How I Used It: I used this article within my essay to show something other than math. Women are also “attacked” at work with these threats by the men around them. Using it really shows just how much women are in danger of the stereotype threat.

6. Reducing Stereotype Threat. (n.d.). Retrieved from http://teachingcenter.wustl.edu/resources/inclusive-teaching-learning/reducing-stereotype-threat/

Background: This article presents ideas on how to stop stereotype threat in the classroom. The author discusses different things to establish with students for teachers. Implementing a growth mindset, motivating feedback, and a sense of belonging will help reduce the threats from different stereotypes.

How I Used It: I believe that stereotype threat is a huge issue so including ways to prevent it is very important to me. This article gave me specific ways to stop the threats to include in my research paper and get the word out.

7. Rydell, R. J., Shiffrin, R. M., Boucher, K. L., Loo, K. V., & Rydell, M. T. (2010, August 10). Stereotype threat prevents perceptual learning. Retrieved from http://www.pnas.org/content/107/32/14042

Background: This article includes a study on how stereotype threat does not only effect performance, but the ability to learn in general.

Annotated Bibliography- Myrtle View

  1. Blake, J. (2016, March 31). It’s time to talk about ‘black privilege’. Retrieved from https://www.cnn.com/2016/03/30/us/black-privilege/index.html                  Background: This article explains what black privilege is and how it effects white people.

How it is used: I used this in my rebuttal piece as a counter argument.

  1. Music, C. O. (2017, September 22). Report: Black Women Are Responsible for Everything Cool. Retrieved from https://www.thecut.com/2017/09/nielsen-report-shows-black-women-are-major-trendsetters.html

Background: This article explains how black women set the trend for many of the worlds fashion trends.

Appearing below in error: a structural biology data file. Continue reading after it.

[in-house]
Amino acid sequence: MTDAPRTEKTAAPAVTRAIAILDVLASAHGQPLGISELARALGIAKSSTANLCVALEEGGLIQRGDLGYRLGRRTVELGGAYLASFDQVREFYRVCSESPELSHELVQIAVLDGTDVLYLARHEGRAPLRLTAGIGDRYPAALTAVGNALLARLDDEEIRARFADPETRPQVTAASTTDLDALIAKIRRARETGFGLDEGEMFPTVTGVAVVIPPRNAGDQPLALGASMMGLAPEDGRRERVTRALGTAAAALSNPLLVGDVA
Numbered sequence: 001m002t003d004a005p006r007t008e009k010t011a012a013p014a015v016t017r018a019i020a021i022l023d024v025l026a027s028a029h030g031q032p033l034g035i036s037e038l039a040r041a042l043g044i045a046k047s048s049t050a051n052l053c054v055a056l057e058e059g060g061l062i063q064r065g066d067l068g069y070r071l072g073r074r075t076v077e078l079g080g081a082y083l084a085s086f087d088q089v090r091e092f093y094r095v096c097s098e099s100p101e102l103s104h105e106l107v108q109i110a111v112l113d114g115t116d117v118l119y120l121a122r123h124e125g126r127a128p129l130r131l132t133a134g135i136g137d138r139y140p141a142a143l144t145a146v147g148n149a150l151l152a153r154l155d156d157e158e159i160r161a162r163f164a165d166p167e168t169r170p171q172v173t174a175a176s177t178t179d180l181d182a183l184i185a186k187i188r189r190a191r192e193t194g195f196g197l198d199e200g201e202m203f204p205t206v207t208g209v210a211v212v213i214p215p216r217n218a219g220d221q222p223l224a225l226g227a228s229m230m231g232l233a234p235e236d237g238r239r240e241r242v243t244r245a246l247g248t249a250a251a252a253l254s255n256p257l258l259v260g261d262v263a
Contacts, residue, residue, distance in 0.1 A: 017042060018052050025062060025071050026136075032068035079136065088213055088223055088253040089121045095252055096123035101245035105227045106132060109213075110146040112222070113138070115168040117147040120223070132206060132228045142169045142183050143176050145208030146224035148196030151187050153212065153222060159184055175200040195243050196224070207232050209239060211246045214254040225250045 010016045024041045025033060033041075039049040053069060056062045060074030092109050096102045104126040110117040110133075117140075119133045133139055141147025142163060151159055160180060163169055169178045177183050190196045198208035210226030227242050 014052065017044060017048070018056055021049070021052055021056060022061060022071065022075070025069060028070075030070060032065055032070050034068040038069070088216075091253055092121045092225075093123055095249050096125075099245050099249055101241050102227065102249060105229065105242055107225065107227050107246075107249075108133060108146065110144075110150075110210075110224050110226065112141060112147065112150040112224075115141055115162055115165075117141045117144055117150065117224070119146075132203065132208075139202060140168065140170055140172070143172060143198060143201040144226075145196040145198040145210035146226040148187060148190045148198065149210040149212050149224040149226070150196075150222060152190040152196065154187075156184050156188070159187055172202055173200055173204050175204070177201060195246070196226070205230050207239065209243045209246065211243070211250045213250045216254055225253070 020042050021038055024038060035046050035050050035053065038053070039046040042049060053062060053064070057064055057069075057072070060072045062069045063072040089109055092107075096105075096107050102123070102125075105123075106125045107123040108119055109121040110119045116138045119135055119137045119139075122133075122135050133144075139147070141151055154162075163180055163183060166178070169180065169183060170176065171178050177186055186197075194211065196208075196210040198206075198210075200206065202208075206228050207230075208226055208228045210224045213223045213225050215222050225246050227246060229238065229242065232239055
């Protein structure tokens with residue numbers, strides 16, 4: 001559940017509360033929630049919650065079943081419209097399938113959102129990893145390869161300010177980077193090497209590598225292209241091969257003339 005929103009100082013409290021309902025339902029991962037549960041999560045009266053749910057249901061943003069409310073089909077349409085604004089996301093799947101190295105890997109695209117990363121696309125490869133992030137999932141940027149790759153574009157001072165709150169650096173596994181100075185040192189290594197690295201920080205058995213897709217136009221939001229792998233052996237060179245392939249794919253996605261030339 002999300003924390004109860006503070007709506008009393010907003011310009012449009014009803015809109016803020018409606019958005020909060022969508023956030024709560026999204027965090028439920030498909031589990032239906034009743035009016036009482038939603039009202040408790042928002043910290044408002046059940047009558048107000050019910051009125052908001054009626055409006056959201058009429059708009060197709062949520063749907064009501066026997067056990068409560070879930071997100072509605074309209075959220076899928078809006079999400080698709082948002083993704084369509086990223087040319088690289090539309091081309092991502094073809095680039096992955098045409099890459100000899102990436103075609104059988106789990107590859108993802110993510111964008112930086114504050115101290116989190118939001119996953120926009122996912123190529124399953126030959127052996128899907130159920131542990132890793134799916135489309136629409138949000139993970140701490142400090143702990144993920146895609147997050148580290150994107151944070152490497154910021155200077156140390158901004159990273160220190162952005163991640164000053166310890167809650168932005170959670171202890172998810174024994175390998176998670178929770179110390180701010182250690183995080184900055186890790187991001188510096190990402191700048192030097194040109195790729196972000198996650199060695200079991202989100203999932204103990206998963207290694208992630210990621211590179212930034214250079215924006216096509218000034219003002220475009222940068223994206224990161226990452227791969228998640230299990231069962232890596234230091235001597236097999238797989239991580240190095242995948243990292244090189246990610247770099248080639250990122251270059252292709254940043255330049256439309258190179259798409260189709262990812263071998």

How it is used: I used this in my definition argument to explain how black women a source of inspiration but receive no respect from the world.

  1. Brown, T., & Kopano, B. (2015). Soul thieves : the appropriation and misrepresentation of african american popular culture. Retrieved from https://ebookcentral.proquest.com

Background: A book that explains how black people are misrepresented and are victims of cultural appropriation towards white people. It also mentions the effects of this misrepresentation.

How it is used: I used this in my definition argument to explain how cultural appropriation effects the black community.

  1. Hunter, M. L. (2005). Race, gender, and the politics of skin tone. Retrieved from https://ebookcentral.proquest.com

Background: An academic book about how the race, gender, and skin tone determines the opportunities that are received and how the world will judge the community.

How it is used: I used this in my definition argument to show how the black community are not provided fairly the same opportunities of white people because of the way they present themselves.

  1. Smith, Jessie Carney, et al. The Complete Encyclopedia of African American History, Visible Ink Press, 2015. ProQuest Ebook Central, https://ebookcentral.proquest.com/lib/rowan/detail.action?docID=4414255.

Background: This academic resource is about the history of African Americans from slavery to present day. It also discusses the accomplishment the black community has made and the obstacles that they still face today.

How it was used: I used this in my definition argument and causal argument to explain how far the black community has come and that it is still strive for the betterment of people.

  1. Ford, Tanisha C. Liberated Threads: Black Women, Style, and the Global Politics of Soul. University of North Carolina Press, 2015. JSTOR, jstor.org/stable/10.5149/9781469625164_ford

Background: This academic source is about how black women present themselves through fashion and the repercussions they receive from society.